As another episode in this series reveals, the biggest regional airport in the Western Group area has an interesting but hidden history.
Not to be outdone, the Group’s Welsh subdivision boasts a major airport with a long tale of its own, beginning in 1855, when a new racecourse opened in Ely – then open countryside, today a west Cardiff suburb. Racing became especially popular in Victorian times at Ely, with a vast crowd of 40,000 reportedly attending the first Welsh Grand National in 1895. Its racing fortunes came and went afterwards, but in summer 1911 this vast grassed space became licensed as one of Britain’s very first airfields.
One early machine which visited that year was the Mercury II, built by the Leeds-based Blackburn Aeroplane Co, powered by a 50HP Isaacson engine. On 11 September 1911, one B.C. Hucks began demonstration flights, the aircraft apparently making history here on 23 September when, at an altitude of 700ft, Hucks received the first in-flight wireless telegraphy signals.
It’s on record that Ely remained licensed for aviation until at least 1920, possibly longer, but as aircraft advanced and development began in the area, flying faded away. Racing ceased in 1939, and though part of the old course remains as open space today, of its airfield history there is little sign.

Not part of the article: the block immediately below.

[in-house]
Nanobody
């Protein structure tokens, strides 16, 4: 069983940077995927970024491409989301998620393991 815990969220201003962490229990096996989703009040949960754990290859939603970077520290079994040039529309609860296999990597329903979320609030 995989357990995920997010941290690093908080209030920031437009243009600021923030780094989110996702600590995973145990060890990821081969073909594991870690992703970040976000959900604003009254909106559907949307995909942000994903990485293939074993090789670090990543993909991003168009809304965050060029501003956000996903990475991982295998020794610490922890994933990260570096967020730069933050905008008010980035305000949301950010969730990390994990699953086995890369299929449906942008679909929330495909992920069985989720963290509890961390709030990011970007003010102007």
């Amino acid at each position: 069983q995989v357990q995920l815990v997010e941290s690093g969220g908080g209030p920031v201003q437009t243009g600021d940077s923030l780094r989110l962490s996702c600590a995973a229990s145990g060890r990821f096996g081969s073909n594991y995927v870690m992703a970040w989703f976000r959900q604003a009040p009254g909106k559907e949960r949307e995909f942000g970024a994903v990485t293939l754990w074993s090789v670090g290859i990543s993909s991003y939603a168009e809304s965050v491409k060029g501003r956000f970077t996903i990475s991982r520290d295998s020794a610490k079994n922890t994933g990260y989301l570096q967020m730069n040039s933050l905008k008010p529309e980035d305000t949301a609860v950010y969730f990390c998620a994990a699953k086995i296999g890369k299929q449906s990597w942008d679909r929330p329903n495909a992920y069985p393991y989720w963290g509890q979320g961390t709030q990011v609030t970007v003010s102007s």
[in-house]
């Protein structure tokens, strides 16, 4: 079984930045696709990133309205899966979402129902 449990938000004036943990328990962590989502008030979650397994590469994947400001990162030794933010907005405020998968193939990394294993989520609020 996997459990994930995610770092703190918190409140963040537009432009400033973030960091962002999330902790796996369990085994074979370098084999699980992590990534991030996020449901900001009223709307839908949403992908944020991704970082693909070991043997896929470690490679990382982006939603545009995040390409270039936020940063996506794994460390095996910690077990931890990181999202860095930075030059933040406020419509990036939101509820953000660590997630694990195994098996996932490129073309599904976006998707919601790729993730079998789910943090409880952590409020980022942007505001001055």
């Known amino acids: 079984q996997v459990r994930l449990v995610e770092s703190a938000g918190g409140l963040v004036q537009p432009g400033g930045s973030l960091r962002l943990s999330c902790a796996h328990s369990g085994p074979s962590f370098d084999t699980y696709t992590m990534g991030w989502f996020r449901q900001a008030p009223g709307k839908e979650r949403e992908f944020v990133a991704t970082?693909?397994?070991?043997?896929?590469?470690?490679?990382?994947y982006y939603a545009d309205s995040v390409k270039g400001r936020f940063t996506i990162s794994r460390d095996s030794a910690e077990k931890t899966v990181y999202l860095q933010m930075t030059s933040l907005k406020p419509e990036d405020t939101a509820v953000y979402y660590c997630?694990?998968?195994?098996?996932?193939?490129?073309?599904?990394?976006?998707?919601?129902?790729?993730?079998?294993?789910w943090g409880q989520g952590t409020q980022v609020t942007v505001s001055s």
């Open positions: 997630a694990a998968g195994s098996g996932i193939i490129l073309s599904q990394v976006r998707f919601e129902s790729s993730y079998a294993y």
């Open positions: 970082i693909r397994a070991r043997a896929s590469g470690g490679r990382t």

Meanwhile, in 1910, flying began at Tremorfa, in an area known as Splott, on the edge of the Severn estuary south west of Cardiff. On 6 August that year, aviator Ernest Thomson Willows became the first man to cross the Bristol channel by air, flying a self-constructed airship from Tremorfa’s tidal flats on a marathon overnight trip to London. By the late 1920’s this rather flood-prone area had become established as an informal flying centre, developing until in late 1931 a civilian airfield with grass strip was opened, initially known as Splott or Tremorfa airfield, and later Pengam Moors Aerodrome or Airfield (above).
Cardiff Aero Club were early incumbents, and commercial services began in 1932, when British Air Taxis opened a Bristol route. Within a year the site had become Cardiff Municipal Airport, with Railway Air Services offering flights to Plymouth – and later Birmingham and Liverpool. Services to Paris and Le Touquet were established in the mid-1930’s.
The first wholly Welsh airline, Cambrian Airways, was founded at Pengam Moor in 1935, and flew successfully until the war. Afterwards the 1946 Civil Aviation Act required nationalisation of private scheduled airlines, which were then absorbed into the new, state-owned, monopoly carrier British European Airways. Cambrian somehow circumvented this by operating in “associate” status, flying in its own colours until 1974, when it was merged into the state-owned monolith which eventually became British Airways.